Get a Grip said...
But.....didn't the decline of Greenville visibly begin with the arrival of the mall? (Or two malls, as the Mainstream Mall was the first to arrive.) OK, the wheat embargo's effect on the towboat industry had an impact, as well. But the timing of both was in the mid-70's. Do Indianola and Cleveland and Greenwood have "malls?" NO! And look at their successful efforts to promote their downtown areas!
Look at Jackson, Ridgeland, Flowood, Madison, etc. Those malls come and go. Jackson Mall---no one under 40 remembers it. Metrocenter? I'm old enough to remember when its opening was a Major Deal, and wise enough to realize that it's since become an unsafe place to shop. Northpark? Buh-bye.
The glorified strip mall has made a comeback. And no sooner did Dogwood Festival Market open then its eventual replacement showed up in Ridgeland at Colony Park. The Mall has seen its season. It's time for something new. Mom and Pop stores, maybe? A Fred Carl-type investor? (Curse you, Jay Stein.) But wallowing in our own mire won't accomplish anything but get us even deeper in the mud.
Oh, no!! if the mall closes, where would I buy my Sponge Bob leather jacket or my confederate flag cell phone cover? Where will Belk dump all the garbage they don't sell in other stores?Please!!! That mall's demise is very close.
Just read about Office Depot closing 112 stores nationwide. Any news about our local store?
It is true that the arrival of "malls" was pretty much a death sentence to small downtown communities. Almost all Greenville merchants immediately abandoned the downtown area to move to the "Mainstream" or Greenville Mall in the early 1970's.
Obviously, Greenville could not support two malls opening within 6 months of each other. Subsequently, the Mainstream Mall lasted less than 3 years before it closed. Mall space is not cheap and the mall concept is that smaller merchants will profit from having a couple of "big" merchants draw all of the traffic.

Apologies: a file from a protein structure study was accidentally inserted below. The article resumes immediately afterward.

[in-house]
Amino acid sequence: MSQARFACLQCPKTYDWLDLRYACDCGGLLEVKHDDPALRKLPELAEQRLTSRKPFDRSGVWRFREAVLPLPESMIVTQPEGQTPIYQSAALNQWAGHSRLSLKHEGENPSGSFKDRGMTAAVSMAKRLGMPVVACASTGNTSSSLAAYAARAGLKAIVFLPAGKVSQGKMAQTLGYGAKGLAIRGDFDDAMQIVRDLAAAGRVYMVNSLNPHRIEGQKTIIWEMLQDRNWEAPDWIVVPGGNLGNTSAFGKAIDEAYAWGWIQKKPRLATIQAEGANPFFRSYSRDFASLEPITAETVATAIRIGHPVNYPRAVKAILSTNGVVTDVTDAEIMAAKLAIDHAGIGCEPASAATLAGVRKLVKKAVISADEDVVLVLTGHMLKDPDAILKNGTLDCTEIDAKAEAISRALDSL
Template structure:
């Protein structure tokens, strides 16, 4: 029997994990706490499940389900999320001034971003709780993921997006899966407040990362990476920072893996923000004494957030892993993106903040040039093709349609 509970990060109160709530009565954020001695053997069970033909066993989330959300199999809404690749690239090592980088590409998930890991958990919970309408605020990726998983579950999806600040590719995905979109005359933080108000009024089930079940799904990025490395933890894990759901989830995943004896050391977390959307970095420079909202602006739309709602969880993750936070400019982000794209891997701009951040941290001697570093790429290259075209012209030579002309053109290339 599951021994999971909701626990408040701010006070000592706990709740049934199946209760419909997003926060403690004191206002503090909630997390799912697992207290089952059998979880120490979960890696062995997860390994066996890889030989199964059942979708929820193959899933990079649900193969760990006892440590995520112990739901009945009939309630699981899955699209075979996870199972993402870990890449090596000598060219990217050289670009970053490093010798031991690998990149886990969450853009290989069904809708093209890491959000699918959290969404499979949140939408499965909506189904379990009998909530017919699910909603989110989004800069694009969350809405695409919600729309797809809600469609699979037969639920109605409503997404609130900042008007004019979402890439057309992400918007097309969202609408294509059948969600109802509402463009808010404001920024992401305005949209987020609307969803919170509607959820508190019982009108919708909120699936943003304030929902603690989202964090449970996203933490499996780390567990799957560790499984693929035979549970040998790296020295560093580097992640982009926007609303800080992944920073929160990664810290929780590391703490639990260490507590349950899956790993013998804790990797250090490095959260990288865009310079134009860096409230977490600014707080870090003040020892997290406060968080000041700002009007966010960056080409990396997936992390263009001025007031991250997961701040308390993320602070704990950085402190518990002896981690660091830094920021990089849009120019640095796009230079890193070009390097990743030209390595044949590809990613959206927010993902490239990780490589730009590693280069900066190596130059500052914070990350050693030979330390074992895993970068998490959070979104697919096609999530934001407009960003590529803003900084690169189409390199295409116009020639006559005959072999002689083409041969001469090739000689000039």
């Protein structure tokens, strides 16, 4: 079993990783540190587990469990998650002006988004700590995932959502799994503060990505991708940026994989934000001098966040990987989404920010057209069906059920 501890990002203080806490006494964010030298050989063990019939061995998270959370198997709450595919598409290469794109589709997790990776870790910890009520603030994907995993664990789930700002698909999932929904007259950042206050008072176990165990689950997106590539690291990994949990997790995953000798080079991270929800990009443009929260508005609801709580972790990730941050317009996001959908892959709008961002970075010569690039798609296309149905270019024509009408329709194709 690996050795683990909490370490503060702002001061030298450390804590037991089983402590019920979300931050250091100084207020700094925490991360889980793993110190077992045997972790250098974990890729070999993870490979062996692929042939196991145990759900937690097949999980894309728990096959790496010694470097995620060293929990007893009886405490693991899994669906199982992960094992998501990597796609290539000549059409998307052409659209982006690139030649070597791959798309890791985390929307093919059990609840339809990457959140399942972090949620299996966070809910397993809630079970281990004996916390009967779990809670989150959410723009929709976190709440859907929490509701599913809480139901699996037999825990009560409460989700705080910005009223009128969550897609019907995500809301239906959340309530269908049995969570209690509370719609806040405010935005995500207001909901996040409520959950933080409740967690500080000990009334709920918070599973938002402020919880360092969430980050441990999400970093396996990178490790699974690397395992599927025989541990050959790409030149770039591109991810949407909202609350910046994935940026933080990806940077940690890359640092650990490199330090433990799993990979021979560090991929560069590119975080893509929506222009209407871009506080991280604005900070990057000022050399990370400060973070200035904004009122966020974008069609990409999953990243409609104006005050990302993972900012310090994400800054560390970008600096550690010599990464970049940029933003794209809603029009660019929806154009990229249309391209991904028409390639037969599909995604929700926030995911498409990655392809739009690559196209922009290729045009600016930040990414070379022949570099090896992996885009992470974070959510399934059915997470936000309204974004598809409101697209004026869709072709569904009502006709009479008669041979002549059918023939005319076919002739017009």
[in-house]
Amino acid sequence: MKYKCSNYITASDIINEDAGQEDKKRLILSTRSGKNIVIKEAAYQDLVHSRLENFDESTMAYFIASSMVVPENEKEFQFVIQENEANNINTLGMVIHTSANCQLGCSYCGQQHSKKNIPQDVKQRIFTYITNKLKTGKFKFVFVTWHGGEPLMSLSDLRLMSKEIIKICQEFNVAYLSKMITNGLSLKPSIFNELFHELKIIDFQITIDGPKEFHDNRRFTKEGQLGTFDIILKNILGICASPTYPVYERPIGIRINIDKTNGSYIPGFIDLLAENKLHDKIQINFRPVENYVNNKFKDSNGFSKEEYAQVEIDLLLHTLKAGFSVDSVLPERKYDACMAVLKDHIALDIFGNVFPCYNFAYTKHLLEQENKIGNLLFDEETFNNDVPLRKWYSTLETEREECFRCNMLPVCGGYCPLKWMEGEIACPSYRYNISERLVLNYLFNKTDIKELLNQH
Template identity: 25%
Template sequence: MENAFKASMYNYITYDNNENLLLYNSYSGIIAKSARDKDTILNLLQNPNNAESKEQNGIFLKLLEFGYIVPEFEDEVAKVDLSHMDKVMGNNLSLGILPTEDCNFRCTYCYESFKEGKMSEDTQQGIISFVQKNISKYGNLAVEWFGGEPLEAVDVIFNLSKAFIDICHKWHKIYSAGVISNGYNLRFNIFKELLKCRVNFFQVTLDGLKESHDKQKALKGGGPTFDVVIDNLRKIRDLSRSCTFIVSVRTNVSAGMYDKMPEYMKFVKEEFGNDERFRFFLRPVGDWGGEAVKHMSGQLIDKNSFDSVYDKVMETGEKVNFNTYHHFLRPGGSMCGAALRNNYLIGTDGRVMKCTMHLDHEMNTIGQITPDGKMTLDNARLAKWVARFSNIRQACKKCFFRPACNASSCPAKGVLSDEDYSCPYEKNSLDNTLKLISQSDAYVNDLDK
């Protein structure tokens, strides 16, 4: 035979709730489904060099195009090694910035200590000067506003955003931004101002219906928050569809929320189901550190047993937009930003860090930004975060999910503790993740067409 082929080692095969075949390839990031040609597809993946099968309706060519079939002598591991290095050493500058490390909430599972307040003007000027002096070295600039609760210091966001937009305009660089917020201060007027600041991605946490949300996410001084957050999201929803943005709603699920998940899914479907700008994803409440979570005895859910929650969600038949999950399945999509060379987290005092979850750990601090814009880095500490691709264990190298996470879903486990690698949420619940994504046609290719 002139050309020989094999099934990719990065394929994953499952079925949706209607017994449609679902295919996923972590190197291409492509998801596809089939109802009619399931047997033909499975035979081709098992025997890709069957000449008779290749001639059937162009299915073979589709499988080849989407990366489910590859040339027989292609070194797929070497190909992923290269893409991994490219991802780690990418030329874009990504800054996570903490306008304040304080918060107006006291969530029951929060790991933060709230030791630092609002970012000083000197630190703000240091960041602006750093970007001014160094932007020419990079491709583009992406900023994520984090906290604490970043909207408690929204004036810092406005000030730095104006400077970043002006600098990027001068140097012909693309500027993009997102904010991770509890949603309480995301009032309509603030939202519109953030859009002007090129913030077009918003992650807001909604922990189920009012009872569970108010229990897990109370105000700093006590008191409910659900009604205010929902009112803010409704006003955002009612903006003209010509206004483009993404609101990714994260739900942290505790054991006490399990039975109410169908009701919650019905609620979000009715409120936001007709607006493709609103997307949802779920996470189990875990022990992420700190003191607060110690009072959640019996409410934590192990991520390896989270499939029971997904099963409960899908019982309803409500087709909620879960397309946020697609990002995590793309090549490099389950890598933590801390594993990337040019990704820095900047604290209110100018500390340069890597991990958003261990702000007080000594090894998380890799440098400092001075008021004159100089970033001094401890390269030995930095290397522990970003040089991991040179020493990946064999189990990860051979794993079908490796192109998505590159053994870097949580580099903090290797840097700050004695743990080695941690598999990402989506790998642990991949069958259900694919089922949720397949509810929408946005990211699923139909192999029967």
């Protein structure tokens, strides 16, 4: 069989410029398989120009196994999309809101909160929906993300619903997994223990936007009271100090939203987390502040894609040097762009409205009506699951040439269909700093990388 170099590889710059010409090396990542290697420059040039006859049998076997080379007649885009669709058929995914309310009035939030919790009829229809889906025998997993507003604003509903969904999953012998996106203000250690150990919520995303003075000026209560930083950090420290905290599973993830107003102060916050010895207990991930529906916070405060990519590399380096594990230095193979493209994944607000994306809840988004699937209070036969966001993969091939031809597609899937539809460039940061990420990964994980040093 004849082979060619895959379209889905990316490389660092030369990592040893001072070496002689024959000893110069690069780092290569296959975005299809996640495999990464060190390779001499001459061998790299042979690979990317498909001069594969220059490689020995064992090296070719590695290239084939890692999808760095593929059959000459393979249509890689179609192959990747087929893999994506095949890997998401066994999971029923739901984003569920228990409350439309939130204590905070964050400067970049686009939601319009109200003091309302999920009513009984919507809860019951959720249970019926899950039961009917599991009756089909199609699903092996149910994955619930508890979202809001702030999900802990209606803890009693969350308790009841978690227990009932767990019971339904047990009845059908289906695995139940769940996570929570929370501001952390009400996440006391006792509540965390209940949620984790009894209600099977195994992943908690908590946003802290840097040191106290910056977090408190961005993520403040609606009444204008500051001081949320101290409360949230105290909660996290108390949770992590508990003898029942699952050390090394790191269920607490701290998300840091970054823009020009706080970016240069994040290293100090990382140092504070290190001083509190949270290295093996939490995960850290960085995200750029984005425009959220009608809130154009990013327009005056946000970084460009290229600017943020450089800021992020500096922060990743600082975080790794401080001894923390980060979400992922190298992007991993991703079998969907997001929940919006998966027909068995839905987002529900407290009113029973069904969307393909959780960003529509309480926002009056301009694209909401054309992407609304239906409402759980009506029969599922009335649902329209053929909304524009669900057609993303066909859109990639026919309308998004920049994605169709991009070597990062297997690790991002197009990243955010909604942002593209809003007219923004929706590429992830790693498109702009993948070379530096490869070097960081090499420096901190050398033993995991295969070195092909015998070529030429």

That was the "theory" of mall merchandising that existed in the 70's and 80's. Then came Wal-Mart! Just as the malls killed our downtown merchants, Wal-Mart has killed the malls. Sam Walton took the convenience of malls one step further and put everything a human could possibly want or need under ONE roof... at cheaper prices. Is this really progress?
I know two types of people: those who think that Wal-Mart is the greatest thing since indoor plumbing; and those who consider "suicide" preferable to enduring the local experience! I fall just short of the latter. Greenville, and those communities who chose malls in the early 70's are suffering the most. Cities like Cleveland have maintained the ambiance of their quaint downtown shopping district, while enduring one of the largest Wal-Marts in the state.
2009 is not going to be a good year for Greenville merchants. I predict that we will see more store closings and perhaps the mall as well. This recession is not going to magically disappear by having a Democrat in office. The greed and corruption within our political system can not all be blamed on George W; nor will it disappear under Obama's reign.